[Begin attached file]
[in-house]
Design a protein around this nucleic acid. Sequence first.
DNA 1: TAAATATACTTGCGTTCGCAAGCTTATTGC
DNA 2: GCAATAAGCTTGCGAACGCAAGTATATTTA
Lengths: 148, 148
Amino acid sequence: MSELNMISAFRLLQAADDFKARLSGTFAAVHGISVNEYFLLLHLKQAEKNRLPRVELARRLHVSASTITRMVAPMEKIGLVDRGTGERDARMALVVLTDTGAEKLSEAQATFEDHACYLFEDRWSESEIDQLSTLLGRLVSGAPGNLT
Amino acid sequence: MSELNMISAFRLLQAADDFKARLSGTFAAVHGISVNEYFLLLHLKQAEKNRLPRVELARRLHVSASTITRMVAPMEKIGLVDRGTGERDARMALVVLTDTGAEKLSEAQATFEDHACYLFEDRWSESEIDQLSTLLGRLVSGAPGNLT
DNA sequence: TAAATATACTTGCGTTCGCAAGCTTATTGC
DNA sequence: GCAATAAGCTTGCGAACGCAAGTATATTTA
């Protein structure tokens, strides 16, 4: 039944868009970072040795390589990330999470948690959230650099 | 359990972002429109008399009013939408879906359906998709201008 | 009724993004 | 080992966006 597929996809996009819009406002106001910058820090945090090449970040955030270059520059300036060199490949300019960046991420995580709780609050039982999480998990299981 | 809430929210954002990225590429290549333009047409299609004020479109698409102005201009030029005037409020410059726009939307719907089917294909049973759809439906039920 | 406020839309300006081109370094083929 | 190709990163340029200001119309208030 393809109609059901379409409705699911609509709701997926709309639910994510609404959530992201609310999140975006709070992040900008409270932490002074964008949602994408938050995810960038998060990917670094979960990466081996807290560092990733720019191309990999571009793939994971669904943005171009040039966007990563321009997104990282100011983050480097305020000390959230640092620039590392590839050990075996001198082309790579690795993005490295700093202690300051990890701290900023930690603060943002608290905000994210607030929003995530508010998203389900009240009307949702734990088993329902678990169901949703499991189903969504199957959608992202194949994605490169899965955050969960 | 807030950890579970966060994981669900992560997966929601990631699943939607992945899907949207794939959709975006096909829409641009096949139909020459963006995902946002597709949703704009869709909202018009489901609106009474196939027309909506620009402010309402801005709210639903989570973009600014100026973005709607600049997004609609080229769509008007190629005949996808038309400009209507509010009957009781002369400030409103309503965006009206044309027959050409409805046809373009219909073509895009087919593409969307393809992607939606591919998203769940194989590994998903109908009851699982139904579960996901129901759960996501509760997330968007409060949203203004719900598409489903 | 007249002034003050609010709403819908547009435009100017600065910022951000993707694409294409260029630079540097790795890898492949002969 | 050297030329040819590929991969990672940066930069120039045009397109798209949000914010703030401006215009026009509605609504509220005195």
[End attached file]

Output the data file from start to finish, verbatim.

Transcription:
[in-house]
Design a protein around this nucleic acid. Sequence first.
DNA 1: TAAATATACTTGCGTTCGCAAGCTTATTGC
DNA 2: GCAATAAGCTTGCGAACGCAAGTATATTTA
Lengths: 148, 148
Amino acid sequence: MSELNMISAFRLLQAADDFKARLSGTFAAVHGISVNEYFLLLHLKQAEKNRLPRVELARRLHVSASTITRMVAPMEKIGLVDRGTGERDARMALVVLTDTGAEKLSEAQATFEDHACYLFEDRWSESEIDQLSTLLGRLVSGAPGNLT
Amino acid sequence: MSELNMISAFRLLQAADDFKARLSGTFAAVHGISVNEYFLLLHLKQAEKNRLPRVELARRLHVSASTITRMVAPMEKIGLVDRGTGERDARMALVVLTDTGAEKLSEAQATFEDHACYLFEDRWSESEIDQLSTLLGRLVSGAPGNLT
DNA sequence: TAAATATACTTGCGTTCGCAAGCTTATTGC
DNA sequence: GCAATAAGCTTGCGAACGCAAGTATATTTA
């Protein structure tokens, strides 16, 4: 039944868009970072040795390589990330999470948690959230650099 | 359990972002429109008399009013939408879906359906998709201008 | 009724993004 | 080992966006 597929996809996009819009406002106001910058820090945090090449970040955030270059520059300036060199490949300019960046991420995580709780609050039982999480998990299981 | 809430929210954002990225590429290549333009047409299609004020479109698409102005201009030029005037409020410059726009939307719907089917294909049973759809439906039920 | 406020839309300006081109370094083929 | 190709990163340029200001119309208030 393809109609059901379409409705699911609509709701997926709309639910994510609404959530992201609310999140975006709070992040900008409270932490002074964008949602994408938050995810960038998060990917670094979960990466081996807290560092990733720019191309990999571009793939994971669904943005171009040039966007990563321009997104990282100011983050480097305020000390959230640092620039590392590839050990075996001198082309790579690795993005490295700093202690300051990890701290900023930690603060943002608290905000994210607030929003995530508010998203389900009240009307949702734990088993329902678990169901949703499991189903969504199957959608992202194949994605490169899965955050969960 | 807030950890579970966060994981669900992560997966929601990631699943939607992945899907949207794939959709975006096909829409641009096949139909020459963006995902946002597709949703704009869709909202018009489901609106009474196939027309909506620009402010309402801005709210639903989570973009600014100026973005709607600049997004609609080229769509008007190629005949996808038309400009209507509010009957009781002369400030409103309503965006009206044309027959050409409805046809373009219909073509895009087919593409969307393809992607939606591919998203769940194989590994998903109908009851699982139904579960996901129901759960996501509760997330968007409060949203203004719900598409489903 | 007249002034003050609010709403819908547009435009100017600065910022951000993707694409294409260029630079540097790795890898492949002969 | 050297030329040819590929991969990672940066930069120039045009397109798209949000914010703030401006215009026009509605609504509220005195």